social and spiritual problems is paramount." [WHO
(World Health Organization). Cancer Pain Relief and
Palliative Care. WHO Technical Report Series 804.
Geneva: WHO, 1990.]
Patient Self-Determination Act -- Sponsored by Sen.
John Danforth, R-MO. Danforth's advisor was Myra Christopher,
now at the Center for Practical Bioethics (formerly
known as the Midwest Bioethics Center). Myra Christopher
and Midwest Bioethics later become key players in Last
Acts. [ 1999,
Community-State Partnerships, below.]
Cruzan case decided; Nancy
Cruzan dies. This has been called the first Supreme
Court right-to-die case, and established the precedent
for the Oregon assisted dying law.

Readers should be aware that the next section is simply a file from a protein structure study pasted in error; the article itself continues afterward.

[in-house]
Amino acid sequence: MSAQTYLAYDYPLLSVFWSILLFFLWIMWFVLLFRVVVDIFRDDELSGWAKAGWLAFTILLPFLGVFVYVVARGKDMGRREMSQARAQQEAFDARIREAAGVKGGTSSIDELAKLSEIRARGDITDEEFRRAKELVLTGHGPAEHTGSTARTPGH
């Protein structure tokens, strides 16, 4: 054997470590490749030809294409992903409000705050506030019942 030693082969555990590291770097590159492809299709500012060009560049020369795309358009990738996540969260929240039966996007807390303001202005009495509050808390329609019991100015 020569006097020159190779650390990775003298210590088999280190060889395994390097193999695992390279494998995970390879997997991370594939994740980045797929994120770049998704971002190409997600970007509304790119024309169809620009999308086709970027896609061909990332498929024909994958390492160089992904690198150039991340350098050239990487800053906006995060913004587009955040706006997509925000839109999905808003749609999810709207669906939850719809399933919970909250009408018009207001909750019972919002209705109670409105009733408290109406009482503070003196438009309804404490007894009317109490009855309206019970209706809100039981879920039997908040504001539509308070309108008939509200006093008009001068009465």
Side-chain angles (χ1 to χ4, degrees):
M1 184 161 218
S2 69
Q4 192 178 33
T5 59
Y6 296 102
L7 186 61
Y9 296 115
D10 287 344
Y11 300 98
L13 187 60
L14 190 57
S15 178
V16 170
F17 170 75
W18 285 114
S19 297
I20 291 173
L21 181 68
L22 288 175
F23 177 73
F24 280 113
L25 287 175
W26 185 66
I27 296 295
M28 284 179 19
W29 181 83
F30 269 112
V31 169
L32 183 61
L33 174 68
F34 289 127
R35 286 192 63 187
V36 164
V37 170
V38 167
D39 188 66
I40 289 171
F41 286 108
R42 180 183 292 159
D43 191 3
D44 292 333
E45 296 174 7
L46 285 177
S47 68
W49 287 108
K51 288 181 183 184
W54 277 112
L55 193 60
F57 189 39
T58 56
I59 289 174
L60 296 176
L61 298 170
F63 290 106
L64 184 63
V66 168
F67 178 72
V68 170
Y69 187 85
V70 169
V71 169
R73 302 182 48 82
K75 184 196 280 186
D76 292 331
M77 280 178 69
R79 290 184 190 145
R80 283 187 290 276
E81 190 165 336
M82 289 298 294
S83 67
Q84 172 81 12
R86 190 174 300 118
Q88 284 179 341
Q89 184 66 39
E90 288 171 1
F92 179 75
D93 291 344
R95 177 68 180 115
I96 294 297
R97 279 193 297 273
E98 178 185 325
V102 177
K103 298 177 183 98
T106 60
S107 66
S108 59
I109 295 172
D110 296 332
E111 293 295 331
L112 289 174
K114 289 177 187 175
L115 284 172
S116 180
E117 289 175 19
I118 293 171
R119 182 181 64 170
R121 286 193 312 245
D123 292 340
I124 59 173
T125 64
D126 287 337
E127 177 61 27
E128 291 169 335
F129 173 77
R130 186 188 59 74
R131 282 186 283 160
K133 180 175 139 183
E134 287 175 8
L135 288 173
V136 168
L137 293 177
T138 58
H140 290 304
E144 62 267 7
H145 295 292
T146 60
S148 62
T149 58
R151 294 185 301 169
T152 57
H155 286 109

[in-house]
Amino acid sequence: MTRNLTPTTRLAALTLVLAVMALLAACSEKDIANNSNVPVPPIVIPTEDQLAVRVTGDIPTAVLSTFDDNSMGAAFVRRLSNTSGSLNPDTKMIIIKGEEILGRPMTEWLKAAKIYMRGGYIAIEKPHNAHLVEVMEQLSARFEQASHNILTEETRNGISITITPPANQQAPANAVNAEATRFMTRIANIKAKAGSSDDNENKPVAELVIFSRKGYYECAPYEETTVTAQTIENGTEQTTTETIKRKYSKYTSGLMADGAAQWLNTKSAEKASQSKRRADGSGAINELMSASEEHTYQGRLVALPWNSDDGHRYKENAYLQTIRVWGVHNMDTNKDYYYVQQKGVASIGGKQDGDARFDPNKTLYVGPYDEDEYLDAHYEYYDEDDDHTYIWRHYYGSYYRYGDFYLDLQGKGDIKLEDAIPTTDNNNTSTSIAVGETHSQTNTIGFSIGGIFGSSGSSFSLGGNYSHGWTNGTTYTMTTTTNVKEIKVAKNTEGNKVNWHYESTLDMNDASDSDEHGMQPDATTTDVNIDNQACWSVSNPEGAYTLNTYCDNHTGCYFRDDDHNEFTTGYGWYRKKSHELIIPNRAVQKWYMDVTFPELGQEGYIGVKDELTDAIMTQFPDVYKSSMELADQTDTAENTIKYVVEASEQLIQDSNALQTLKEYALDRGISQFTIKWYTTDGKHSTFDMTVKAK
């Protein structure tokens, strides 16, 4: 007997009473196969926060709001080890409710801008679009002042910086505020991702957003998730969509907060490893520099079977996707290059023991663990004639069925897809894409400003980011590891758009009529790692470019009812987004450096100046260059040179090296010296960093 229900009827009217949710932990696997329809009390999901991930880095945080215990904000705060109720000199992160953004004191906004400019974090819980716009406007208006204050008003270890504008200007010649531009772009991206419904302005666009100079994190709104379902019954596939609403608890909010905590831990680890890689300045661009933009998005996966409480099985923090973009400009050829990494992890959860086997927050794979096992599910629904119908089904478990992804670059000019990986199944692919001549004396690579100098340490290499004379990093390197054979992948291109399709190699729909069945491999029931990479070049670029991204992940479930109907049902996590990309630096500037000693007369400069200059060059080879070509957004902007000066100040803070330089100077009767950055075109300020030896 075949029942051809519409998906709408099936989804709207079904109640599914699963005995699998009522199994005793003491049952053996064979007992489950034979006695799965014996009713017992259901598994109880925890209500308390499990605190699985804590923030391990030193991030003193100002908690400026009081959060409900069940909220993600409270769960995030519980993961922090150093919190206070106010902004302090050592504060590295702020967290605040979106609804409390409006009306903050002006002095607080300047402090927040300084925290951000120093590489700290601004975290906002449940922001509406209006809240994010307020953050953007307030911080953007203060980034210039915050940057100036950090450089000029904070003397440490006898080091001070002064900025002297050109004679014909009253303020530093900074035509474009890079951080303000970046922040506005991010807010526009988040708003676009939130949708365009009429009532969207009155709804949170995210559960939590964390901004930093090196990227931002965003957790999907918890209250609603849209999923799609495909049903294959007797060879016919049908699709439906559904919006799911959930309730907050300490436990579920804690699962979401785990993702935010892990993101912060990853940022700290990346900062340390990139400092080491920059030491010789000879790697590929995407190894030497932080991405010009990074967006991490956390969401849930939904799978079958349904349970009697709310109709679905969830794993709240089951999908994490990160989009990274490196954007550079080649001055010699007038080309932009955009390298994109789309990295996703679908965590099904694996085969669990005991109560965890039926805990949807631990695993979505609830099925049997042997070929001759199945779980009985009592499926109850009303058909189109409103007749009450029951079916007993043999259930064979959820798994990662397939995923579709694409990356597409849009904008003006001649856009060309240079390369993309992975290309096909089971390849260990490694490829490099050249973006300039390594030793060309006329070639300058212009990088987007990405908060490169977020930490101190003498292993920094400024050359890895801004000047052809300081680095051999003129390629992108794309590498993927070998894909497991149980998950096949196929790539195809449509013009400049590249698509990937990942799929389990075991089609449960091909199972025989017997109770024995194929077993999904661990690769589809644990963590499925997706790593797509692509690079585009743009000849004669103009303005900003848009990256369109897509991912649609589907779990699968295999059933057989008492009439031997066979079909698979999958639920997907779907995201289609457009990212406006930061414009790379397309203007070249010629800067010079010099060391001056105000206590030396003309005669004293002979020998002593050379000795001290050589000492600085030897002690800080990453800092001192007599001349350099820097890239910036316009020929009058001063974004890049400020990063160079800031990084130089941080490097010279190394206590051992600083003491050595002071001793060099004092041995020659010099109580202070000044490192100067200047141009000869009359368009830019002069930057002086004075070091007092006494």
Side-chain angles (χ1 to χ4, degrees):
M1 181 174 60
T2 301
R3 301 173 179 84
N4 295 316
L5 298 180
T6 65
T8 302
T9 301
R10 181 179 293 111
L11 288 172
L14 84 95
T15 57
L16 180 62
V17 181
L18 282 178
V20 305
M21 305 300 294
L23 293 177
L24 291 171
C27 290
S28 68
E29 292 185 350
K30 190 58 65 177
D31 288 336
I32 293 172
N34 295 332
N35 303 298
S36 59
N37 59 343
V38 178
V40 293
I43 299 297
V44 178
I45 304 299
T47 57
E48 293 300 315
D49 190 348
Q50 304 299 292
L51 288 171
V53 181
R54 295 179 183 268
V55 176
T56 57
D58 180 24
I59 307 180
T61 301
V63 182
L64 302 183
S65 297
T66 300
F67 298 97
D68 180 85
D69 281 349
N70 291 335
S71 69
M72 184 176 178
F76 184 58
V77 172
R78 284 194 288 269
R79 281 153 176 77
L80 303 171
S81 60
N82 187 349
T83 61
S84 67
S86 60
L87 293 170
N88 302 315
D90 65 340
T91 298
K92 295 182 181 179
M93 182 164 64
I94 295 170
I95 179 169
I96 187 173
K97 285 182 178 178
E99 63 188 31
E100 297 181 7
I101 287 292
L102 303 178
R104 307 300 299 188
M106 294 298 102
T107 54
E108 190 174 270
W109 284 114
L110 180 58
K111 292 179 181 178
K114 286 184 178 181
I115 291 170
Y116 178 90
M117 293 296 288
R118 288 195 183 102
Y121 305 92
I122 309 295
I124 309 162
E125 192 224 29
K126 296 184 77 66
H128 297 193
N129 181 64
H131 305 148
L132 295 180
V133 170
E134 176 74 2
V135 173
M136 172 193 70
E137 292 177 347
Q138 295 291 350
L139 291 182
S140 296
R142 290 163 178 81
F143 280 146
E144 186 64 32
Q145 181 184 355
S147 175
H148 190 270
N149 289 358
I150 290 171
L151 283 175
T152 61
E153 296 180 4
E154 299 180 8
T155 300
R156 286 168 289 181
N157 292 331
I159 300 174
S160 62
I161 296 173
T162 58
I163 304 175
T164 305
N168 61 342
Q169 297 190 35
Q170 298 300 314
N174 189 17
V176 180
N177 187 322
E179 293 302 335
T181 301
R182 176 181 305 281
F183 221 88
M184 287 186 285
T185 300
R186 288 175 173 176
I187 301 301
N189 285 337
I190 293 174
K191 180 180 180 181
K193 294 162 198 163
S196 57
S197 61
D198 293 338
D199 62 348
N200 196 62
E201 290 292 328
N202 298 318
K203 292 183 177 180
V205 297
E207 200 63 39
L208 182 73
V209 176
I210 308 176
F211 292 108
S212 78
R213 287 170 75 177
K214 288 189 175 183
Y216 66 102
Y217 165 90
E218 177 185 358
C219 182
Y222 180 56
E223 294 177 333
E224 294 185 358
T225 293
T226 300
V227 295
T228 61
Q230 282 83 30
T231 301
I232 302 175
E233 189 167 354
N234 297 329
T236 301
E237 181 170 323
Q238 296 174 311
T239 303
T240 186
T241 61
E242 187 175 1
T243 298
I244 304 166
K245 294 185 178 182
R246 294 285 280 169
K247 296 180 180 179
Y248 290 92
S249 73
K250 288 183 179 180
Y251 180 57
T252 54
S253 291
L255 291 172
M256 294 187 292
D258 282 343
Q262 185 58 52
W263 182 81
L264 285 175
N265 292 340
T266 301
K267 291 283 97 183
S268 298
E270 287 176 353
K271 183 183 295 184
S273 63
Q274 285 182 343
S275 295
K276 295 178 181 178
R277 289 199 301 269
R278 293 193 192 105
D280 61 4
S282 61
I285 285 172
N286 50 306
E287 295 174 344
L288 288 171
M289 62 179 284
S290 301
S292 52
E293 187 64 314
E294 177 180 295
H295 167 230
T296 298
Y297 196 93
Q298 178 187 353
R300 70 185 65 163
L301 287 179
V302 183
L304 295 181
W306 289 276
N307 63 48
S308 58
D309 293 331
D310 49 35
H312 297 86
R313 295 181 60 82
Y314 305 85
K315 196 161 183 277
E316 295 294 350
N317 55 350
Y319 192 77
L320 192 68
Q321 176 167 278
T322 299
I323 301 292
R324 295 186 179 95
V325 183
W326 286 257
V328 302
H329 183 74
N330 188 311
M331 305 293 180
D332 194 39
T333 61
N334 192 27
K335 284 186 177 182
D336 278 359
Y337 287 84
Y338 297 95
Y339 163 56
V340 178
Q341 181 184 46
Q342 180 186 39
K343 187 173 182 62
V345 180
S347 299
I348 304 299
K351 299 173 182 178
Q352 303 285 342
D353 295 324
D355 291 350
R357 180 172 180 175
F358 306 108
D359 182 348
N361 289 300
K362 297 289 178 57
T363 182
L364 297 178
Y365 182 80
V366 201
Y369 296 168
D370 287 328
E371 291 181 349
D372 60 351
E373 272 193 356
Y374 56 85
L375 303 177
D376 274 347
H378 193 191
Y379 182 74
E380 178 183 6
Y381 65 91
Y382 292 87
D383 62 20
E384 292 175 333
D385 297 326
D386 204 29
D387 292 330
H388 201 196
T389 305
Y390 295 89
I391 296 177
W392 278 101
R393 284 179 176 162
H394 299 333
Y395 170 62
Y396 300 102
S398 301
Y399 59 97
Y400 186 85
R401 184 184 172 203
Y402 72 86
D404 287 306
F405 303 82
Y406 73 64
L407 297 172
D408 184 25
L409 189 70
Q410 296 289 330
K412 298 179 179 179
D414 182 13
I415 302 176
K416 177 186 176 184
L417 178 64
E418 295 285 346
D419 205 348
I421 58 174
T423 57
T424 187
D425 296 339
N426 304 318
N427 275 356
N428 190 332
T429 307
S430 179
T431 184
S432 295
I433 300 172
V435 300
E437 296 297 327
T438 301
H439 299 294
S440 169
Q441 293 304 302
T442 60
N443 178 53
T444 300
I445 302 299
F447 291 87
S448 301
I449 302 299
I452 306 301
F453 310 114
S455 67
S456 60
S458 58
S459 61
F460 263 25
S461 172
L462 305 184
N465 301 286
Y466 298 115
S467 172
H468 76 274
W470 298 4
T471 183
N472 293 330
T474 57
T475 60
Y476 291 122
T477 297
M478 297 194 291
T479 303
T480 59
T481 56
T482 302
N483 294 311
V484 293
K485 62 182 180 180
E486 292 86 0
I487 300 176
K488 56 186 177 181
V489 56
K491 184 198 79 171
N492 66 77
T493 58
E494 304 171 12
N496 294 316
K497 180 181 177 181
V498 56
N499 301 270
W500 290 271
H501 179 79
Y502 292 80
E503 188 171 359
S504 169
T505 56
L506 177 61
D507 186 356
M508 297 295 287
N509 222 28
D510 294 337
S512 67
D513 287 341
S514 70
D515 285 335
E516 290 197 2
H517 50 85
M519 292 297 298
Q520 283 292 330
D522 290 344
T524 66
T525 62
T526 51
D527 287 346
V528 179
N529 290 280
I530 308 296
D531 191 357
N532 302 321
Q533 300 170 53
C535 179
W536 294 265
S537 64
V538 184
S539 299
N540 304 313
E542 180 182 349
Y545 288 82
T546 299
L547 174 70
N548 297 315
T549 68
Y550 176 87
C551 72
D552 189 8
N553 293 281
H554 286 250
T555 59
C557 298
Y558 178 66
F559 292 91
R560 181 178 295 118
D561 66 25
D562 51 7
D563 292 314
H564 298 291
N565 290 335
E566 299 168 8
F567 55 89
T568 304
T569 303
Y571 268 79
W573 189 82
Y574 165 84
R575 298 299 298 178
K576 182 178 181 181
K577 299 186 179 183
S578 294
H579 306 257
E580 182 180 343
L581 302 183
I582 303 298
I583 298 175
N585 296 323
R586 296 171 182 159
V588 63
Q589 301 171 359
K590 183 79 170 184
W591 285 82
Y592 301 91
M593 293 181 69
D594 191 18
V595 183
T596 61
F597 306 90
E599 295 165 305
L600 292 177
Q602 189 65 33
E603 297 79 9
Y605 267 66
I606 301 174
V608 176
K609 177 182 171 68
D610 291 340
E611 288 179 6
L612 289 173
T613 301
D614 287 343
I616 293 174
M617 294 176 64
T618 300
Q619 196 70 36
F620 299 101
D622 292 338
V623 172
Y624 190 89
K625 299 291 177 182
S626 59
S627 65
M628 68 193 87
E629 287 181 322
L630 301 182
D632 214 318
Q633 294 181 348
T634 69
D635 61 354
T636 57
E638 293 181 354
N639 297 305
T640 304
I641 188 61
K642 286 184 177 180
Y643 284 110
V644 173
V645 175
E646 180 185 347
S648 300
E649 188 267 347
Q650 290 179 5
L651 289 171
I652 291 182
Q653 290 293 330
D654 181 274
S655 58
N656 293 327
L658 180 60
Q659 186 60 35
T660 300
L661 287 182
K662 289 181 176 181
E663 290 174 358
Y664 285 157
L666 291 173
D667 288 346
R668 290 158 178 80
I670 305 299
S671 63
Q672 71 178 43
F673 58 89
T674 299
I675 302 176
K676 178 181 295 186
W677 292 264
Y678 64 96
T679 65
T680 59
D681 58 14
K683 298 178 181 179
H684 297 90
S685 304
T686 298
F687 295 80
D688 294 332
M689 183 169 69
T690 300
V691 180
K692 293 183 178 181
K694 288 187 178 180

Radford professor Matthew J. Franck
explains that the Cruzan decision set the stage for
Terri Schiavo's death. From an opinion piece in National
Review, March 30, 2005:.
At first glance the Cruzan decision
may have seemed to be a pro-life ruling. After all,
the immediate effect was to keep Nancy Cruzan alive,
and to endorse, in the law, a state's presumption
in favor of life. The hysterical ire of four dissenting
justices who wished to make death an easier choice
seemed to bolster the good-news interpretation of
Cruzan at the time. And the Court's opinion by Chief
Justice William Rehnquist did hold that "a State may
properly decline to make judgments about the 'quality'
of life that a particular individual may enjoy, and
simply assert an unqualified interest in the preservation
of human life."
The sentence I just quoted did
not end there, however, but continued as follows:
"to be weighed against the constitutionally protected